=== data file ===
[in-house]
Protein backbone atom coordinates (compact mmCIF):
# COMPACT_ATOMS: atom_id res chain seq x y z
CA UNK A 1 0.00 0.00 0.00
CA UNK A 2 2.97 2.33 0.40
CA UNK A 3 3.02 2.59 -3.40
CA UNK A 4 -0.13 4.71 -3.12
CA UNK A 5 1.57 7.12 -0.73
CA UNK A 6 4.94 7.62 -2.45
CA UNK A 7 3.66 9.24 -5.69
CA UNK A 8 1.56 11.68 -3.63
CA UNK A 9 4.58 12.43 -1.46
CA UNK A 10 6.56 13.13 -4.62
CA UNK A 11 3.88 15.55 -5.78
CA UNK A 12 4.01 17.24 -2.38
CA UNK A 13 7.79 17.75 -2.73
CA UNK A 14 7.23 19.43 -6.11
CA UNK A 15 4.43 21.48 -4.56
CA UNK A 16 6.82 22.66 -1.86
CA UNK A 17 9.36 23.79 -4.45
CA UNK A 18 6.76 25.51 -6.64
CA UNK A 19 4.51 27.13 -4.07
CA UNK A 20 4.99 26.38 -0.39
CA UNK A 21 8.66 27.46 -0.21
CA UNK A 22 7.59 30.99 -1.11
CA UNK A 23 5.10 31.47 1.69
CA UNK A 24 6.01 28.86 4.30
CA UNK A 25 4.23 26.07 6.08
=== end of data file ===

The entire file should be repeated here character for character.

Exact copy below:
[in-house]
Protein backbone atom coordinates (compact mmCIF):
# COMPACT_ATOMS: atom_id res chain seq x y z
CA UNK A 1 0.00 0.00 0.00
CA UNK A 2 2.97 2.33 0.40
CA UNK A 3 3.02 2.59 -3.40
CA UNK A 4 -0.13 4.71 -3.12
CA UNK A 5 1.57 7.12 -0.73
CA UNK A 6 4.94 7.62 -2.45
CA UNK A 7 3.66 9.24 -5.69
CA UNK A 8 1.56 11.68 -3.63
CA UNK A 9 4.58 12.43 -1.46
CA UNK A 10 6.56 13.13 -4.62
CA UNK A 11 3.88 15.55 -5.78
CA UNK A 12 4.01 17.24 -2.38
CA UNK A 13 7.79 17.75 -2.73
CA UNK A 14 7.23 19.43 -6.11
CA UNK A 15 4.43 21.48 -4.56
CA UNK A 16 6.82 22.66 -1.86
CA UNK A 17 9.36 23.79 -4.45
CA UNK A 18 6.76 25.51 -6.64
CA UNK A 19 4.51 27.13 -4.07
CA UNK A 20 4.99 26.38 -0.39
CA UNK A 21 8.66 27.46 -0.21
CA UNK A 22 7.59 30.99 -1.11
CA UNK A 23 5.10 31.47 1.69
CA UNK A 24 6.01 28.86 4.30
CA UNK A 25 4.23 26.07 6.08